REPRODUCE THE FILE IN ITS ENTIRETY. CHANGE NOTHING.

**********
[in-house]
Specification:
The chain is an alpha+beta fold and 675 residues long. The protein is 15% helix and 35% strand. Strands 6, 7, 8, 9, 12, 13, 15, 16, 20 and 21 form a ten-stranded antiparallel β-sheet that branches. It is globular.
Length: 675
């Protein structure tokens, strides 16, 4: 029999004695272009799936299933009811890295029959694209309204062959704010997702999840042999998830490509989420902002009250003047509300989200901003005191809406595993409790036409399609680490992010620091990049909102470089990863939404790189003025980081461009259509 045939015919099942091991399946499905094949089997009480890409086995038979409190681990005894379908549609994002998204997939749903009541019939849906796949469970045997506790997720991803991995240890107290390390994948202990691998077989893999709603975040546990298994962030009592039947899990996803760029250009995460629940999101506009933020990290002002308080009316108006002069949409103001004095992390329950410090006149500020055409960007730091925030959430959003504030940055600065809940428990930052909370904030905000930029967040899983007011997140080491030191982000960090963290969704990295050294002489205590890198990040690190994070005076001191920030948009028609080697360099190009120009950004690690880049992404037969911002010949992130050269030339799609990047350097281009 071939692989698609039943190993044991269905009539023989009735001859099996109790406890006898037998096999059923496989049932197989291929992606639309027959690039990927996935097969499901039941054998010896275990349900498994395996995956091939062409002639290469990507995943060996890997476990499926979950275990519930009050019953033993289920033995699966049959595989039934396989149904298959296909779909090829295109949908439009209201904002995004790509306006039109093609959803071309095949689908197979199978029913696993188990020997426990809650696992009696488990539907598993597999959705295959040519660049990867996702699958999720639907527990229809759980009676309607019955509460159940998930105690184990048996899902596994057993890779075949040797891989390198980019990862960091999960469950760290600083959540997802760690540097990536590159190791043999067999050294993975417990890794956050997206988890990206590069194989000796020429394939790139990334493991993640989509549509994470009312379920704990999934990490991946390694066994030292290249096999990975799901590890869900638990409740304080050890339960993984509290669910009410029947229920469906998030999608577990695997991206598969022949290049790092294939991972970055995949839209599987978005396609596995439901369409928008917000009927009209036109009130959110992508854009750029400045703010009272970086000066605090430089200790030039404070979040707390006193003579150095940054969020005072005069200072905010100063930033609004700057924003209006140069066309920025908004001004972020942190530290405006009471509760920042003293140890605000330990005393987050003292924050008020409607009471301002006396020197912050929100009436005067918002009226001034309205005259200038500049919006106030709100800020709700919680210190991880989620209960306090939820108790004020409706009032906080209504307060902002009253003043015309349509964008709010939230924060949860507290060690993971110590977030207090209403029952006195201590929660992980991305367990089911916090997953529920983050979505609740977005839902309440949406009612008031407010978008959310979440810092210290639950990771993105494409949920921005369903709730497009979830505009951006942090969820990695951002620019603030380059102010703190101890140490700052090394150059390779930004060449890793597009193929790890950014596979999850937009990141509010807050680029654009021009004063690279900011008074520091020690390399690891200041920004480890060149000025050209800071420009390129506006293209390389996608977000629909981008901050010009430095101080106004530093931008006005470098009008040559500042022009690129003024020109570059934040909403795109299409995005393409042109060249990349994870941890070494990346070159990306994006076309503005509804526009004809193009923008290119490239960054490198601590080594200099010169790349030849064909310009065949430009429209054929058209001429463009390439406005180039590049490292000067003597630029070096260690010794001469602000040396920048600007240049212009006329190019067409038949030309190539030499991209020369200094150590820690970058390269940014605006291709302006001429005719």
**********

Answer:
[in-house]
Specification:
The chain is an alpha+beta fold and 675 residues long. The protein is 15% helix and 35% strand. Strands 6, 7, 8, 9, 12, 13, 15, 16, 20 and 21 form a ten-stranded antiparallel β-sheet that branches. It is globular.
Length: 675
């Protein structure tokens, strides 16, 4: 029999004695272009799936299933009811890295029959694209309204062959704010997702999840042999998830490509989420902002009250003047509300989200901003005191809406595993409790036409399609680490992010620091990049909102470089990863939404790189003025980081461009259509 045939015919099942091991399946499905094949089997009480890409086995038979409190681990005894379908549609994002998204997939749903009541019939849906796949469970045997506790997720991803991995240890107290390390994948202990691998077989893999709603975040546990298994962030009592039947899990996803760029250009995460629940999101506009933020990290002002308080009316108006002069949409103001004095992390329950410090006149500020055409960007730091925030959430959003504030940055600065809940428990930052909370904030905000930029967040899983007011997140080491030191982000960090963290969704990295050294002489205590890198990040690190994070005076001191920030948009028609080697360099190009120009950004690690880049992404037969911002010949992130050269030339799609990047350097281009 071939692989698609039943190993044991269905009539023989009735001859099996109790406890006898037998096999059923496989049932197989291929992606639309027959690039990927996935097969499901039941054998010896275990349900498994395996995956091939062409002639290469990507995943060996890997476990499926979950275990519930009050019953033993289920033995699966049959595989039934396989149904298959296909779909090829295109949908439009209201904002995004790509306006039109093609959803071309095949689908197979199978029913696993188990020997426990809650696992009696488990539907598993597999959705295959040519660049990867996702699958999720639907527990229809759980009676309607019955509460159940998930105690184990048996899902596994057993890779075949040797891989390198980019990862960091999960469950760290600083959540997802760690540097990536590159190791043999067999050294993975417990890794956050997206988890990206590069194989000796020429394939790139990334493991993640989509549509994470009312379920704990999934990490991946390694066994030292290249096999990975799901590890869900638990409740304080050890339960993984509290669910009410029947229920469906998030999608577990695997991206598969022949290049790092294939991972970055995949839209599987978005396609596995439901369409928008917000009927009209036109009130959110992508854009750029400045703010009272970086000066605090430089200790030039404070979040707390006193003579150095940054969020005072005069200072905010100063930033609004700057924003209006140069066309920025908004001004972020942190530290405006009471509760920042003293140890605000330990005393987050003292924050008020409607009471301002006396020197912050929100009436005067918002009226001034309205005259200038500049919006106030709100800020709700919680210190991880989620209960306090939820108790004020409706009032906080209504307060902002009253003043015309349509964008709010939230924060949860507290060690993971110590977030207090209403029952006195201590929660992980991305367990089911916090997953529920983050979505609740977005839902309440949406009612008031407010978008959310979440810092210290639950990771993105494409949920921005369903709730497009979830505009951006942090969820990695951002620019603030380059102010703190101890140490700052090394150059390779930004060449890793597009193929790890950014596979999850937009990141509010807050680029654009021009004063690279900011008074520091020690390399690891200041920004480890060149000025050209800071420009390129506006293209390389996608977000629909981008901050010009430095101080106004530093931008006005470098009008040559500042022009690129003024020109570059934040909403795109299409995005393409042109060249990349994870941890070494990346070159990306994006076309503005509804526009004809193009923008290119490239960054490198601590080594200099010169790349030849064909310009065949430009429209054929058209001429463009390439406005180039590049490292000067003597630029070096260690010794001469602000040396920048600007240049212009006329190019067409038949030309190539030499991209020369200094150590820690970058390269940014605006291709302006001429005719």